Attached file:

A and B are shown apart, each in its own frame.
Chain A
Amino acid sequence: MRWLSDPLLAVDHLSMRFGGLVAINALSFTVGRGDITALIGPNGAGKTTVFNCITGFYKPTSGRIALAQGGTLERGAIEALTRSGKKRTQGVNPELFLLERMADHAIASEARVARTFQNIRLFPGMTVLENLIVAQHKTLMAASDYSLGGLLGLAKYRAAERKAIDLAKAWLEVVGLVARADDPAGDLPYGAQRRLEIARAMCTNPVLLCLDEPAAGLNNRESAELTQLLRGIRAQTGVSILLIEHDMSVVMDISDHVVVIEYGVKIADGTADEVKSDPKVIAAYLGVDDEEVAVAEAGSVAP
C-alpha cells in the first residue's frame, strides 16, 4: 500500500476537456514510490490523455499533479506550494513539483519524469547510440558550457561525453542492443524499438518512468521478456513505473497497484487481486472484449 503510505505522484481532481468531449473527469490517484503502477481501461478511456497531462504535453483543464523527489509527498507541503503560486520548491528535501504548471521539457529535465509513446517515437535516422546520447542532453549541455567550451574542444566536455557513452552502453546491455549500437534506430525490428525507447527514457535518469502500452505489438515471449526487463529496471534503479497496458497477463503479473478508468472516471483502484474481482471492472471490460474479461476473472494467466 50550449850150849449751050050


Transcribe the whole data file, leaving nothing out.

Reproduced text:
A and B are shown apart, each in its own frame.
Chain A
Amino acid sequence: MRWLSDPLLAVDHLSMRFGGLVAINALSFTVGRGDITALIGPNGAGKTTVFNCITGFYKPTSGRIALAQGGTLERGAIEALTRSGKKRTQGVNPELFLLERMADHAIASEARVARTFQNIRLFPGMTVLENLIVAQHKTLMAASDYSLGGLLGLAKYRAAERKAIDLAKAWLEVVGLVARADDPAGDLPYGAQRRLEIARAMCTNPVLLCLDEPAAGLNNRESAELTQLLRGIRAQTGVSILLIEHDMSVVMDISDHVVVIEYGVKIADGTADEVKSDPKVIAAYLGVDDEEVAVAEAGSVAP
C-alpha cells in the first residue's frame, strides 16, 4: 500500500476537456514510490490523455499533479506550494513539483519524469547510440558550457561525453542492443524499438518512468521478456513505473497497484487481486472484449 503510505505522484481532481468531449473527469490517484503502477481501461478511456497531462504535453483543464523527489509527498507541503503560486520548491528535501504548471521539457529535465509513446517515437535516422546520447542532453549541455567550451574542444566536455557513452552502453546491455549500437534506430525490428525507447527514457535518469502500452505489438515471449526487463529496471534503479497496458497477463503479473478508468472516471483502484474481482471492472471490460474479461476473472494467466 50550449850150849449751050050